During my separate visits with each woman, I sensed something in both of them that resembled an uneasiness I'm now finding difficult to put into words. While both have lives very different from the other, they each projected a similar sense of inadequacy - they felt they weren't doing enough for their kids; that they were somehow missing the mark when it came to being the best mothers and individuals they could possibly be. As I paid closer attention, I discovered for the first time that these women had more in common with one another than I had ever before realized. Although one is whom you might call the "homemaker", the other woman (albeit differently) is equally involved with her children and interested in what I would describe as the "making of her home." Both shared a proportionate amount of uncertainty over their capabilities as a mom and both aspired to learn and do more as women and citizens in general.

Aha! The epiphany! The reason I was finding it so difficult to determine my audience was because I kept thinking I had to choose between two worlds. I had been focusing on my definition of "homemaker" as a stay-at-home mom. And, while I had many thoughts on the subject (and years of experience under my belt upon which to draw) it somehow only felt like part of the story. When I imagined writing to that audience of women, I felt like I was leaving an important group out of the picture - a part of myself, essentially - the women to whom I could also relate because I had been in their shoes, too. It was at that moment that I understood it would be just as important to include in my audience the other "homemakers" - mothers who work outside of the home but who still return to the nest and struggle with their own share of challenges as they do their best to care for their families and homes.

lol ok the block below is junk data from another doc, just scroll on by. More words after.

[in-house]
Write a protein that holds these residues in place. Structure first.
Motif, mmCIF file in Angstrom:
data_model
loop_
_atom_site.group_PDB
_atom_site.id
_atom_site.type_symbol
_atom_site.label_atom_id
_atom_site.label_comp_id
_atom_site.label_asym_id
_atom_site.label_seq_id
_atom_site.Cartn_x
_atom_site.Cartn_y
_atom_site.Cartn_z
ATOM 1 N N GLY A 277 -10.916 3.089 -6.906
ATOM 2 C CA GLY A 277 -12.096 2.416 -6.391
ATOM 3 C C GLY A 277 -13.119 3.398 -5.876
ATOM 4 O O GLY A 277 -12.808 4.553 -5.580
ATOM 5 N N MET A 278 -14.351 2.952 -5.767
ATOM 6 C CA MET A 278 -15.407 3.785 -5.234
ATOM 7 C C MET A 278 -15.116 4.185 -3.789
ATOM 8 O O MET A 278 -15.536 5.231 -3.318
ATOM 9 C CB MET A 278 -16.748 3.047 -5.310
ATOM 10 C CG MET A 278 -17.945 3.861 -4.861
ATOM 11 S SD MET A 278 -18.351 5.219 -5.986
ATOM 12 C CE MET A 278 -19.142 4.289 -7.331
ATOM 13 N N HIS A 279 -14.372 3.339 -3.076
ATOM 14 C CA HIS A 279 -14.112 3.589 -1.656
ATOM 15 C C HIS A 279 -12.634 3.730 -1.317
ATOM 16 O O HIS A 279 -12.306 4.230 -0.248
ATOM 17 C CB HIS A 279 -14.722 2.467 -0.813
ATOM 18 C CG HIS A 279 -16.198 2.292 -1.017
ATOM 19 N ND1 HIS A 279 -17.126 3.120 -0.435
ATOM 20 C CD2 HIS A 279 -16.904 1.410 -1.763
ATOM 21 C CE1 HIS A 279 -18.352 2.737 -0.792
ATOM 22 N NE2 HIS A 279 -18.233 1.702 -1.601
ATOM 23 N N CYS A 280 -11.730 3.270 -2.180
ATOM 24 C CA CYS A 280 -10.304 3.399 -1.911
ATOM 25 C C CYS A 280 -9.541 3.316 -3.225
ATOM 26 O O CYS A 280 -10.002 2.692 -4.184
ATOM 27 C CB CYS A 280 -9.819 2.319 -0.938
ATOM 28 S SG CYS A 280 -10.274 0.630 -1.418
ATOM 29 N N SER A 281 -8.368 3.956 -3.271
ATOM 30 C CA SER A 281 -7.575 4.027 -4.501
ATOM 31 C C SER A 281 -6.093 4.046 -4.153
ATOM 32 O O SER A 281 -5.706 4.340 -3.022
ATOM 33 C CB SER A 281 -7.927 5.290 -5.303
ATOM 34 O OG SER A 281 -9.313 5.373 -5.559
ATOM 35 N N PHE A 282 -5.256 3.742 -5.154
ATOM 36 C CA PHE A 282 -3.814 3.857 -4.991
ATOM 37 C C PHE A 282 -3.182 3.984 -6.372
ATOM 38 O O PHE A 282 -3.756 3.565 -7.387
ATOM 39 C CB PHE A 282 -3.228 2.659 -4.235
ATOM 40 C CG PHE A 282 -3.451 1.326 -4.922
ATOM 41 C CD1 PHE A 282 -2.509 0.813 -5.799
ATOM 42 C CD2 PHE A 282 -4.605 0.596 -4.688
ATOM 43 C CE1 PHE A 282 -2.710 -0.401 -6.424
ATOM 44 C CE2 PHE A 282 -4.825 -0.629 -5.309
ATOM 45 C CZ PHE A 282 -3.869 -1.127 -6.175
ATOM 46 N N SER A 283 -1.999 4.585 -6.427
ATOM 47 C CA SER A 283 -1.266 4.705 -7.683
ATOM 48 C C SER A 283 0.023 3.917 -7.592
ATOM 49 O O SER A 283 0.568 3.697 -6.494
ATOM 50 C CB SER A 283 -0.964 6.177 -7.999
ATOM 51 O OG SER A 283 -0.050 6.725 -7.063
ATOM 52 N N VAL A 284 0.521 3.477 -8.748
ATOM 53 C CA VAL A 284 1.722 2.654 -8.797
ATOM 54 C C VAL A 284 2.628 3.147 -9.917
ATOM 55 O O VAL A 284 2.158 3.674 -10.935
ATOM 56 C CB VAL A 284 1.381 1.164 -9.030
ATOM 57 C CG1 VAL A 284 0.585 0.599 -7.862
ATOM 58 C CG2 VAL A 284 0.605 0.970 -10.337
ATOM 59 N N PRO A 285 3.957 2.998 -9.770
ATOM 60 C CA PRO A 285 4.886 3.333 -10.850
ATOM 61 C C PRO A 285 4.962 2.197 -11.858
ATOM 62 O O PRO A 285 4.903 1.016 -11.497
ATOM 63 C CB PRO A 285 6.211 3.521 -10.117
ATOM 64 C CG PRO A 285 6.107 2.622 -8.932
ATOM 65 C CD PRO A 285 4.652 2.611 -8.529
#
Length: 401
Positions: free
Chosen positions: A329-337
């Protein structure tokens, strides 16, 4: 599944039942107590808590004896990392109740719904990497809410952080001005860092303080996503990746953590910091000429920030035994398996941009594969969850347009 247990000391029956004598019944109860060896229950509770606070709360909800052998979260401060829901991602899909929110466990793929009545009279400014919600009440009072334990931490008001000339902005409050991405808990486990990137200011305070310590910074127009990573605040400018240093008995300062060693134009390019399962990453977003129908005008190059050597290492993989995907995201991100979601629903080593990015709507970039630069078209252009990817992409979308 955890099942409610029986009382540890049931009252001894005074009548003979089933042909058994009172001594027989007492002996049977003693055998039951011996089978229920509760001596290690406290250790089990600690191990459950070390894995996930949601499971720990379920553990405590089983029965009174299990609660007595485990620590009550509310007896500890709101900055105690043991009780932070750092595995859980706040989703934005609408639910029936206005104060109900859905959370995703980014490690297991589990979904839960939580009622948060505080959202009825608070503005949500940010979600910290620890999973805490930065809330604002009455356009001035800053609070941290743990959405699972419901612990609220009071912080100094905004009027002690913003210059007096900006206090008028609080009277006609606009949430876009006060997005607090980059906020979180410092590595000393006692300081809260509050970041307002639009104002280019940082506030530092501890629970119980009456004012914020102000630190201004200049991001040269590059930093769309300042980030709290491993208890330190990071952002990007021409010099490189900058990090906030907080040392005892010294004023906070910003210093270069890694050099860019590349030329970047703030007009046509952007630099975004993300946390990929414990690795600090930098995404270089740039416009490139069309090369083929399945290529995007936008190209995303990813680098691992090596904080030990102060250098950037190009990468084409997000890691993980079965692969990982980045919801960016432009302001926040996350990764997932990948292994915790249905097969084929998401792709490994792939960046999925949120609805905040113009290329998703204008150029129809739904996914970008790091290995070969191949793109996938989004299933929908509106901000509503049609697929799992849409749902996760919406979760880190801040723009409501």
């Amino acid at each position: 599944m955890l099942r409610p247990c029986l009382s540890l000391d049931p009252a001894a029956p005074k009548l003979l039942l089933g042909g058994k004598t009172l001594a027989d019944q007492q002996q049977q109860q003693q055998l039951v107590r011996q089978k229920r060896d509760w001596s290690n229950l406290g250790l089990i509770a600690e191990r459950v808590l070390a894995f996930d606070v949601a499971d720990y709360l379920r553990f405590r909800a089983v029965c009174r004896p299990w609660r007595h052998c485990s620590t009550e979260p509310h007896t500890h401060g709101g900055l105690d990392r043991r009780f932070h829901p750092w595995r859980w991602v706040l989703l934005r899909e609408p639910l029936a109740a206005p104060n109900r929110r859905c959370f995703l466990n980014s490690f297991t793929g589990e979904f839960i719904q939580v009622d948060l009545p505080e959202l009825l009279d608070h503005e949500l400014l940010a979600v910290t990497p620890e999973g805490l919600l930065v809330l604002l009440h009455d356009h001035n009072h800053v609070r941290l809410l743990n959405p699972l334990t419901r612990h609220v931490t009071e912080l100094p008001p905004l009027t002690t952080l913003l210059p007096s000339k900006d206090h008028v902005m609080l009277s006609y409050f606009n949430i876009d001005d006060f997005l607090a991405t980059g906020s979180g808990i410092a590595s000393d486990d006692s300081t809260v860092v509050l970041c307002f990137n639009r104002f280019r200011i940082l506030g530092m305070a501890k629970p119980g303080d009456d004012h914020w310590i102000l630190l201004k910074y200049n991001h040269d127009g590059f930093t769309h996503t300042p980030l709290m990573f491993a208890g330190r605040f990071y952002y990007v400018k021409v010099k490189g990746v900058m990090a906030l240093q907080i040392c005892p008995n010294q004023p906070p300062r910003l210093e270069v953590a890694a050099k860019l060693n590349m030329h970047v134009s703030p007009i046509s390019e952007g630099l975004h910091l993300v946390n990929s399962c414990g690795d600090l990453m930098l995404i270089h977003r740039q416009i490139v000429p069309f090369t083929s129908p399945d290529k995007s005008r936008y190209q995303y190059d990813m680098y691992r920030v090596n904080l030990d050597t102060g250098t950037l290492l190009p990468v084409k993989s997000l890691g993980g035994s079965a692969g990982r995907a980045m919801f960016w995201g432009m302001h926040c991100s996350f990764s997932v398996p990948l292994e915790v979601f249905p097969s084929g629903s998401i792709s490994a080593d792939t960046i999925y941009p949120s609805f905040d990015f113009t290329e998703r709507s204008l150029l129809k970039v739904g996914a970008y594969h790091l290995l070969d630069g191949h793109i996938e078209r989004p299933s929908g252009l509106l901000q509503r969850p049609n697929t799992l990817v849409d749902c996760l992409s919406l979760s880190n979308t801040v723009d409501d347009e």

To help you better understand why I struggled with defining my audience, I think it's important to formally introduce myself by telling you my story. This is where it starts to get a little uncomfortable for me because I must pull back the curtains of my private life so you can have a glimpse of where I've been and how I landed in the present moment.